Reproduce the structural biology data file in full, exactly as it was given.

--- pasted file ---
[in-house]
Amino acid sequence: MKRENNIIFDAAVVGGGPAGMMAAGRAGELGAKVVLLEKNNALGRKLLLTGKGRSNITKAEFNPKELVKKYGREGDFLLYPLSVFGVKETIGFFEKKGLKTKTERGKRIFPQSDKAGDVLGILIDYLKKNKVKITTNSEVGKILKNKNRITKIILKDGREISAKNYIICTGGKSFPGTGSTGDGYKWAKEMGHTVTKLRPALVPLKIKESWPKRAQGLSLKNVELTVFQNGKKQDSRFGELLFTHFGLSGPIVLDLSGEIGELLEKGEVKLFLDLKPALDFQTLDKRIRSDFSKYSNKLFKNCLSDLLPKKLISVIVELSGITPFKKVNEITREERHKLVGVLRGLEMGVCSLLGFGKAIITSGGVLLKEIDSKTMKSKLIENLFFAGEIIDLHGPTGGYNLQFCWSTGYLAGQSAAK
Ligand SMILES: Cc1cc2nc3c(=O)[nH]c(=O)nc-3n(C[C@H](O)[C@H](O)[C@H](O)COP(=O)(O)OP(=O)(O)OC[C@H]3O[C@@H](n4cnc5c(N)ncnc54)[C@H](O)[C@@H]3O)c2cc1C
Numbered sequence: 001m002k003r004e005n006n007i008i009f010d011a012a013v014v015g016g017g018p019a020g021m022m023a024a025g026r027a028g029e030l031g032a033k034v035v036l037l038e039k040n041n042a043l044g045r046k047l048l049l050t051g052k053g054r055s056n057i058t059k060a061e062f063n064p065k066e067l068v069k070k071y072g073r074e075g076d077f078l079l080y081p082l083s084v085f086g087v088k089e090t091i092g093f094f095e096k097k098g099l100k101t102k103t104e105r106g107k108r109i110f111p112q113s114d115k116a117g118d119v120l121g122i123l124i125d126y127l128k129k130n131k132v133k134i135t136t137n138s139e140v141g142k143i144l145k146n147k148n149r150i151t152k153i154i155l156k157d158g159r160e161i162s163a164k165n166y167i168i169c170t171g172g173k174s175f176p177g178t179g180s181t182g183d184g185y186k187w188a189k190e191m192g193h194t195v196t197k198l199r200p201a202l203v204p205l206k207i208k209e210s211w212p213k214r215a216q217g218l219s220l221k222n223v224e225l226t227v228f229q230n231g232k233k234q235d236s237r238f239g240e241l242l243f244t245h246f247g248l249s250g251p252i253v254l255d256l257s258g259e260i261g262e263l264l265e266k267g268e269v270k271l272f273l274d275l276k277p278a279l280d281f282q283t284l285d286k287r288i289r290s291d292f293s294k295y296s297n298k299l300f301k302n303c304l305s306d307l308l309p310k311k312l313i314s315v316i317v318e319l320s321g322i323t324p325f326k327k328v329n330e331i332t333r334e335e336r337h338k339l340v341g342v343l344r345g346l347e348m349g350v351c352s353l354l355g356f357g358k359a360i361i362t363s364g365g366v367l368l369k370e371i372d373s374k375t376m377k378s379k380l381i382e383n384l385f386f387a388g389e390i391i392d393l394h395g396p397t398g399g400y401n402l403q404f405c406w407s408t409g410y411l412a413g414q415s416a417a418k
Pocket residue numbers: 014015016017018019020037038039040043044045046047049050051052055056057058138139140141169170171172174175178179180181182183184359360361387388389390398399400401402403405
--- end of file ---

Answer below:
[in-house]
Amino acid sequence: MKRENNIIFDAAVVGGGPAGMMAAGRAGELGAKVVLLEKNNALGRKLLLTGKGRSNITKAEFNPKELVKKYGREGDFLLYPLSVFGVKETIGFFEKKGLKTKTERGKRIFPQSDKAGDVLGILIDYLKKNKVKITTNSEVGKILKNKNRITKIILKDGREISAKNYIICTGGKSFPGTGSTGDGYKWAKEMGHTVTKLRPALVPLKIKESWPKRAQGLSLKNVELTVFQNGKKQDSRFGELLFTHFGLSGPIVLDLSGEIGELLEKGEVKLFLDLKPALDFQTLDKRIRSDFSKYSNKLFKNCLSDLLPKKLISVIVELSGITPFKKVNEITREERHKLVGVLRGLEMGVCSLLGFGKAIITSGGVLLKEIDSKTMKSKLIENLFFAGEIIDLHGPTGGYNLQFCWSTGYLAGQSAAK
Ligand SMILES: Cc1cc2nc3c(=O)[nH]c(=O)nc-3n(C[C@H](O)[C@H](O)[C@H](O)COP(=O)(O)OP(=O)(O)OC[C@H]3O[C@@H](n4cnc5c(N)ncnc54)[C@H](O)[C@@H]3O)c2cc1C
Numbered sequence: 001m002k003r004e005n006n007i008i009f010d011a012a013v014v015g016g017g018p019a020g021m022m023a024a025g026r027a028g029e030l031g032a033k034v035v036l037l038e039k040n041n042a043l044g045r046k047l048l049l050t051g052k053g054r055s056n057i058t059k060a061e062f063n064p065k066e067l068v069k070k071y072g073r074e075g076d077f078l079l080y081p082l083s084v085f086g087v088k089e090t091i092g093f094f095e096k097k098g099l100k101t102k103t104e105r106g107k108r109i110f111p112q113s114d115k116a117g118d119v120l121g122i123l124i125d126y127l128k129k130n131k132v133k134i135t136t137n138s139e140v141g142k143i144l145k146n147k148n149r150i151t152k153i154i155l156k157d158g159r160e161i162s163a164k165n166y167i168i169c170t171g172g173k174s175f176p177g178t179g180s181t182g183d184g185y186k187w188a189k190e191m192g193h194t195v196t197k198l199r200p201a202l203v204p205l206k207i208k209e210s211w212p213k214r215a216q217g218l219s220l221k222n223v224e225l226t227v228f229q230n231g232k233k234q235d236s237r238f239g240e241l242l243f244t245h246f247g248l249s250g251p252i253v254l255d256l257s258g259e260i261g262e263l264l265e266k267g268e269v270k271l272f273l274d275l276k277p278a279l280d281f282q283t284l285d286k287r288i289r290s291d292f293s294k295y296s297n298k299l300f301k302n303c304l305s306d307l308l309p310k311k312l313i314s315v316i317v318e319l320s321g322i323t324p325f326k327k328v329n330e331i332t333r334e335e336r337h338k339l340v341g342v343l344r345g346l347e348m349g350v351c352s353l354l355g356f357g358k359a360i361i362t363s364g365g366v367l368l369k370e371i372d373s374k375t376m377k378s379k380l381i382e383n384l385f386f387a388g389e390i391i392d393l394h395g396p397t398g399g400y401n402l403q404f405c406w407s408t409g410y411l412a413g414q415s416a417a418k
Pocket residue numbers: 014015016017018019020037038039040043044045046047049050051052055056057058138139140141169170171172174175178179180181182183184359360361387388389390398399400401402403405